Don’t ignore fathers in child protection cases, minister warns

17 November 2010

Social workers engaging with the most difficult child protection cases can all too easily forget fathers and thus offer a disservice to children, children and families minister Tim Loughton has admitted.

At the Fatherhood Institute’s Engaging fathers as partners conference in central London last Thursday (11 November) Mr Loughton shared the story of a visit he had made while shadowing social workers for a week in Stockport, to see a single mum with four sons between the ages of 12 and three. Three of the children had different fathers, none of whom were anywhere to be seen.

“The state of the flat was something to behold – with no carpets or furniture, and piles of clothes heaped on the floor. The social worker I was with told me that one of the children had been suffering terrible toothache for weeks, which had left him writhing on the floor in agony. And yet, despite repeated advice, his mother had failed to book him an appointment to see the dentist. However, while we were there the mum herself developed toothache and immediately called for an appointment – without mentioning her son at the same time.

“I remember walking away from there and telling the social worker that I would have had no hesitation in pulling those children out of the house into care – only to be gently reminded by the worker that the mum absolutely doted on her children and that they loved her deeply.”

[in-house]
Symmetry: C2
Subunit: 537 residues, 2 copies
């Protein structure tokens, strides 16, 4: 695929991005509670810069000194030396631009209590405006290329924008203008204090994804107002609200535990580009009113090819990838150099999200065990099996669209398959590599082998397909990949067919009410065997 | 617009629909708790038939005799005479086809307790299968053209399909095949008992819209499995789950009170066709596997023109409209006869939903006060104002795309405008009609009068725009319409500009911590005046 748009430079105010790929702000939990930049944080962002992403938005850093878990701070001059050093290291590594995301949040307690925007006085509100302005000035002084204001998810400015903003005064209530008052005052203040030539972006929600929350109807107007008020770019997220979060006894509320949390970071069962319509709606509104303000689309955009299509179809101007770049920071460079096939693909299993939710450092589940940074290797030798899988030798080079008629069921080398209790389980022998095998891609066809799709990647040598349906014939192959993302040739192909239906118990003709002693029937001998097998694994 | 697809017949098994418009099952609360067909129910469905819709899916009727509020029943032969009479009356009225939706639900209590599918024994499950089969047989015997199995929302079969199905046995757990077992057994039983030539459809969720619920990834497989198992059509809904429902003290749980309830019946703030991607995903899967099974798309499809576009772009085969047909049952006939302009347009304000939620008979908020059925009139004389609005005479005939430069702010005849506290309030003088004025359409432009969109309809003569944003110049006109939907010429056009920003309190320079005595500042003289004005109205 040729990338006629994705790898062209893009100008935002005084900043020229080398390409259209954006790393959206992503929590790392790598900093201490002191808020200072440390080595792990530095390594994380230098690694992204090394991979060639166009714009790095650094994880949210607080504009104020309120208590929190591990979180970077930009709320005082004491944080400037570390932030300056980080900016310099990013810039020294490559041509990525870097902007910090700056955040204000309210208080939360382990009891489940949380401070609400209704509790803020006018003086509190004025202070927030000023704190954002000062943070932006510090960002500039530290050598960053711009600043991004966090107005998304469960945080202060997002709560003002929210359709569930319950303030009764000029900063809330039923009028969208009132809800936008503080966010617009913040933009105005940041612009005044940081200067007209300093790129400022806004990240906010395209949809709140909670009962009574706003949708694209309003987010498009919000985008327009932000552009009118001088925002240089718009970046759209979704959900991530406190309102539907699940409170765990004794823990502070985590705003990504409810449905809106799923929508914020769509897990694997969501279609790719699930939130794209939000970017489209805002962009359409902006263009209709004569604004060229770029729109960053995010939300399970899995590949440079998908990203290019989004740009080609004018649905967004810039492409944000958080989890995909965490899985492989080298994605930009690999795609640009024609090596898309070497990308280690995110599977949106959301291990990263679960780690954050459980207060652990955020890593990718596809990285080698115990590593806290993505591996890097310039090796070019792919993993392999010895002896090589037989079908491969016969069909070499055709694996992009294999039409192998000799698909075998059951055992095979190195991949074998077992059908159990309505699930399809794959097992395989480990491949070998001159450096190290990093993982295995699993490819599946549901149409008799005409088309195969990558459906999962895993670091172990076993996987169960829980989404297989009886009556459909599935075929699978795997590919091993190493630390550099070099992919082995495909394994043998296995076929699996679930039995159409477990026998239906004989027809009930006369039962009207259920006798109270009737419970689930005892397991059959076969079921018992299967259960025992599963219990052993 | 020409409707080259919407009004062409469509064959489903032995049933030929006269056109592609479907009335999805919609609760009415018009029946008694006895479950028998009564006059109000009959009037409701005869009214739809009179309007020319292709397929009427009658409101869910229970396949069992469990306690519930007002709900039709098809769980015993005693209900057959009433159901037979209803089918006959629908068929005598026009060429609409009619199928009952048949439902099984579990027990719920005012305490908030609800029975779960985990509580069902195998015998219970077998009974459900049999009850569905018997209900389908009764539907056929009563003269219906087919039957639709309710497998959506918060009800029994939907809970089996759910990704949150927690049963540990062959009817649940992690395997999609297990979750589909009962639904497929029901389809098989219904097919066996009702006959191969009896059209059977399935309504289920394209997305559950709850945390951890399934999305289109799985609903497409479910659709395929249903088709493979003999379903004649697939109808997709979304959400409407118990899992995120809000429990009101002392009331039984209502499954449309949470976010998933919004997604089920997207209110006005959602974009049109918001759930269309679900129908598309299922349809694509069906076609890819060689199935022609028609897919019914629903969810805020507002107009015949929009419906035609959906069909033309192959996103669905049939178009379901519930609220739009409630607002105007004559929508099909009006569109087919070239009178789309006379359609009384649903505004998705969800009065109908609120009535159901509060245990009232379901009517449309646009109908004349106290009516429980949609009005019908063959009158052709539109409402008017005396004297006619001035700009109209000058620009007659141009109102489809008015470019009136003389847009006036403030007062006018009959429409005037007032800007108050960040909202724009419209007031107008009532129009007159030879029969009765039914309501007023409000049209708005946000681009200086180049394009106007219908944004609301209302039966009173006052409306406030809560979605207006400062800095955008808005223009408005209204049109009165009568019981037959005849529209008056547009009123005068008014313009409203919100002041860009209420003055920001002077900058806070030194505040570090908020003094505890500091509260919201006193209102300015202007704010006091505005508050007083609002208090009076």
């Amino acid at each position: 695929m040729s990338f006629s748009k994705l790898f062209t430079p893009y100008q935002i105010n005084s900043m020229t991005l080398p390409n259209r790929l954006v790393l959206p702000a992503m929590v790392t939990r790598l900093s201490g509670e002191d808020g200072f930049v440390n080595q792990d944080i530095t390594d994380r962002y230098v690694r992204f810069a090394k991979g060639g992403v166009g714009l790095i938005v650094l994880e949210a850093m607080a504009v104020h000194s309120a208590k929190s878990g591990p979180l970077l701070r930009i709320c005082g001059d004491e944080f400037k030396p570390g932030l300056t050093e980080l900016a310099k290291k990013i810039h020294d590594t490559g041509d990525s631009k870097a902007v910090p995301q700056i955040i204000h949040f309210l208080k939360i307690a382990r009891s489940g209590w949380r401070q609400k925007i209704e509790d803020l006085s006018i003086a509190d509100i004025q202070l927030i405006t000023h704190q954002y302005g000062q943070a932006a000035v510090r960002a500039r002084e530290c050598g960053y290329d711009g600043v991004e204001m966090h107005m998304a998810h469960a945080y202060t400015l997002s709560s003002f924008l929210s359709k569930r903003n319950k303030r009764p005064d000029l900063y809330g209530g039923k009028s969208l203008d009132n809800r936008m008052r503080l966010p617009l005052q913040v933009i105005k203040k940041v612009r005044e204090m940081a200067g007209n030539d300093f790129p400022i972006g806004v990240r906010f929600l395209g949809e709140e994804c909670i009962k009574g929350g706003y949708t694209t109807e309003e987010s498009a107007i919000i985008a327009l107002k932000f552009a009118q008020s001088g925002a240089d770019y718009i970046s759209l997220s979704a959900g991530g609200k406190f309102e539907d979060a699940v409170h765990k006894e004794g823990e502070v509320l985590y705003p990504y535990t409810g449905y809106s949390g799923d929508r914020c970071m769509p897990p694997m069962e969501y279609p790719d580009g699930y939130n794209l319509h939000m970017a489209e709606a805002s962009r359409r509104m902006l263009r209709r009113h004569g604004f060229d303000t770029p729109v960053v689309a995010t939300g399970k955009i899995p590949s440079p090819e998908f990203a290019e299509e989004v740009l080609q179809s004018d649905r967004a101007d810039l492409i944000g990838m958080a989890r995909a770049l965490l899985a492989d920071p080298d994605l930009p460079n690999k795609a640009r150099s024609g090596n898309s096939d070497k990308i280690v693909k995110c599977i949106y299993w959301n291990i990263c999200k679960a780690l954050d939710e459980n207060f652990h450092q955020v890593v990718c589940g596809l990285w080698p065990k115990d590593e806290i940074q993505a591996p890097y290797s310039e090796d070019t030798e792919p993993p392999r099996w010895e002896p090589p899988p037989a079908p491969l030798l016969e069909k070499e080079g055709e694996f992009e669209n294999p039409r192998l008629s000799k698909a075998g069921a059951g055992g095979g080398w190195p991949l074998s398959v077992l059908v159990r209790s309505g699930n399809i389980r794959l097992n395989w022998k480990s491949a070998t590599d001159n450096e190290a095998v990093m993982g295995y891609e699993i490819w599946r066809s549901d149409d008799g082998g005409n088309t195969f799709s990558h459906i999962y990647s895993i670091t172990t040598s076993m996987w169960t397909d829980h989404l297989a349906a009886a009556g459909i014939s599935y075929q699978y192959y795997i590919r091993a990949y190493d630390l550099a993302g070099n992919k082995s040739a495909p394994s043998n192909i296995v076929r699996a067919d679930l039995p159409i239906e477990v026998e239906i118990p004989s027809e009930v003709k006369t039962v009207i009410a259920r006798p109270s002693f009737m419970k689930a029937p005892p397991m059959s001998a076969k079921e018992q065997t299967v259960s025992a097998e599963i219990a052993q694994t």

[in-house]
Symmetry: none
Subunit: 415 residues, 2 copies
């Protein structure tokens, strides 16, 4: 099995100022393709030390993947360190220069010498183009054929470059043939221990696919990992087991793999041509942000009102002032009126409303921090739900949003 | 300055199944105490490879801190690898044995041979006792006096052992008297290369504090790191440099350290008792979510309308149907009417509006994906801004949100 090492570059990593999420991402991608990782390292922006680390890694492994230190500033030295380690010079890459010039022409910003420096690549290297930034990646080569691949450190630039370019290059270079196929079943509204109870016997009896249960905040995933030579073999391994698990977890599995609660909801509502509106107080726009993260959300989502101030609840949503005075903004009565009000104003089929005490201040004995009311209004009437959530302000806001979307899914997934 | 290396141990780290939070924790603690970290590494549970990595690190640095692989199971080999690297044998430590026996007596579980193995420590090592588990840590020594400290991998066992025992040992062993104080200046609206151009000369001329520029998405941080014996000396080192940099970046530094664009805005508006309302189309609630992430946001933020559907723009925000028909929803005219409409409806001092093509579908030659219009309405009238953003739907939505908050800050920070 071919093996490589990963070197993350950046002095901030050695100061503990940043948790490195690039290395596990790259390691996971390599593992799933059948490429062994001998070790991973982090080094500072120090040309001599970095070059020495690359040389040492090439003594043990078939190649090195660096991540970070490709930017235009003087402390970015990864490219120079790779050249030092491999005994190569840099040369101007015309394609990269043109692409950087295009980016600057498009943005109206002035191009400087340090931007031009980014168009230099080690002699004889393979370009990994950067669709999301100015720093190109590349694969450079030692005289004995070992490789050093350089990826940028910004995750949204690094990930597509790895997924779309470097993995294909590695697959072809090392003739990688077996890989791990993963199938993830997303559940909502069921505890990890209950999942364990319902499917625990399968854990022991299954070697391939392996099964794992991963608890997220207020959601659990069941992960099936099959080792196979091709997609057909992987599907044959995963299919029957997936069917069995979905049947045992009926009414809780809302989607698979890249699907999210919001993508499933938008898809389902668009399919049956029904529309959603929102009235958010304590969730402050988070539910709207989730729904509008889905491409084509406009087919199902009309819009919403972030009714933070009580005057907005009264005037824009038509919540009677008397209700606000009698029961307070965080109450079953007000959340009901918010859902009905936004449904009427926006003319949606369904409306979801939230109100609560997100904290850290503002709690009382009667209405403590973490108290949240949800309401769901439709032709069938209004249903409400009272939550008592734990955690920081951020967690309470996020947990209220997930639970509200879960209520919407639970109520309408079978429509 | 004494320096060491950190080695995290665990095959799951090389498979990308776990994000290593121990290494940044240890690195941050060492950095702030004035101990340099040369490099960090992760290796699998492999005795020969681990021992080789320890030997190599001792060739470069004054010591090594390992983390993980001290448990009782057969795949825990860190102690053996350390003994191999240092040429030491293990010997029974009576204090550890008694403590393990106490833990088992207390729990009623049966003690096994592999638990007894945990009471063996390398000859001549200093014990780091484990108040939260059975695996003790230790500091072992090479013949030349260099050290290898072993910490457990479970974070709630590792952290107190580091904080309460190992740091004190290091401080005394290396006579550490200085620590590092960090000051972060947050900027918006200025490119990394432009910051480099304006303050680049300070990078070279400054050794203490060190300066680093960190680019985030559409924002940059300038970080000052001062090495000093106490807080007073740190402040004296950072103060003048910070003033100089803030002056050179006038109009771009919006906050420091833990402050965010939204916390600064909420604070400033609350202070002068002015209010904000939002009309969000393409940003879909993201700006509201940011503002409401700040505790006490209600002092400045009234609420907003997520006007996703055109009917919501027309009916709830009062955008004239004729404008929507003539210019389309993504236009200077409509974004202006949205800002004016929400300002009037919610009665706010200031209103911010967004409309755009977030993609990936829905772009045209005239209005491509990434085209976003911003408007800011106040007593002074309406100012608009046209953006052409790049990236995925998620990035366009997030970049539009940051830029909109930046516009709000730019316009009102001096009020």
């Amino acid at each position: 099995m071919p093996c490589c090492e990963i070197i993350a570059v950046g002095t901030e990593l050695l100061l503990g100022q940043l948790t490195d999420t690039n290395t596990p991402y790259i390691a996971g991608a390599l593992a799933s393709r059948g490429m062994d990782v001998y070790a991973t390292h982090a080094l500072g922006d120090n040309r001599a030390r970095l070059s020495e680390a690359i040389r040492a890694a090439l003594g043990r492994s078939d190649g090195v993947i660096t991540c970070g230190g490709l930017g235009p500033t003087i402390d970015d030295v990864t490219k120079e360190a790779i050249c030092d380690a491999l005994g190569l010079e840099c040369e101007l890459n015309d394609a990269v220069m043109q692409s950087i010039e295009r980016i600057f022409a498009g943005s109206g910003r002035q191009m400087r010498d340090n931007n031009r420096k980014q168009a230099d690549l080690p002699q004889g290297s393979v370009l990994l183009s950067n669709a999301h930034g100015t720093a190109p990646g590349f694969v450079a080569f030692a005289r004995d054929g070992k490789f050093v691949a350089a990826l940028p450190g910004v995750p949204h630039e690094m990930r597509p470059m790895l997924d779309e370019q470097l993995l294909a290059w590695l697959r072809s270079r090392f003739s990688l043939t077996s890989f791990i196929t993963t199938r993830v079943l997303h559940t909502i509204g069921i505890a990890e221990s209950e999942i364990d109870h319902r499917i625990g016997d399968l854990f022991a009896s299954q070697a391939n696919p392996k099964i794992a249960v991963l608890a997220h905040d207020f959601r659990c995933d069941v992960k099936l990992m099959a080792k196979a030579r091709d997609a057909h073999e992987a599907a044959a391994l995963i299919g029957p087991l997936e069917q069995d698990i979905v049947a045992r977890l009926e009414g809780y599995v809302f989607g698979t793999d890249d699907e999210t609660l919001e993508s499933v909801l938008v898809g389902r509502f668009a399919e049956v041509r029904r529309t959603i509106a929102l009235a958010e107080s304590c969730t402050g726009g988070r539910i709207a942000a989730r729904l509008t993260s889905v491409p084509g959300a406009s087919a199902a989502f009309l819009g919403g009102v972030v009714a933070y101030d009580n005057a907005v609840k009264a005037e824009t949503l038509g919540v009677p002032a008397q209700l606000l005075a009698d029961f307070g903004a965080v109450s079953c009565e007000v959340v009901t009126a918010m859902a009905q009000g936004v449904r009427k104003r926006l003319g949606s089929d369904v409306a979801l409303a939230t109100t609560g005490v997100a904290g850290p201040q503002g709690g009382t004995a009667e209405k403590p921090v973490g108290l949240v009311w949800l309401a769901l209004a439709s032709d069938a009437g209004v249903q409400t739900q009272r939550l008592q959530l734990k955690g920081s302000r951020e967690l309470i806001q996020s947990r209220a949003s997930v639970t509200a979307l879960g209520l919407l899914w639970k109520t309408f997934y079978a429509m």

But Mr Loughton reflected that it had not once occurred to him to question where the various fathers were, nor to consider their own failings and responsibilities to their children – something he was pulled up on by Fatherhood Institute chief executive Rob Williams at the Conservative Party conference.

“I suspect that if it had been a single dad looking after those children, the first question on all our lips would be: ‘Where is mum?’ In some of the high-profile cases involving child abuse, such as Baby P, was enough work done to see where the birth father fitted in and whether he could be part of a solution? We need to think smarter about non-resident fathers and at every chance continually challenge assumptions about non-resident fathers.”

The Fatherhood Institute has called for the government to take the lead in urging social workers to boost contact with fathers and male figures close to children to avoid tragedies such as that of Baby Peter. The publication of the full serious case review into the Peter Connelly case last month revealed that statements provided to social workers by the child’s father were disregarded, while information about the mother’s partner and lodger was overlooked.

FI chief executive Rob Williams said social workers are too focused on mothers and endangering children by excluding resident and non-resident fathers and father-figures.

“We need to be addressing men who might pose a risk to a child and those who might be able to protect the child or provide support to the mother. That’s a really big change in practice and confidence, especially because sometimes men are threatening and off-putting. We’d like to see all new social and children’s centre workers go through training that has fathers mainstreamed in their practice, and for those already in the workforce to go through a change process.”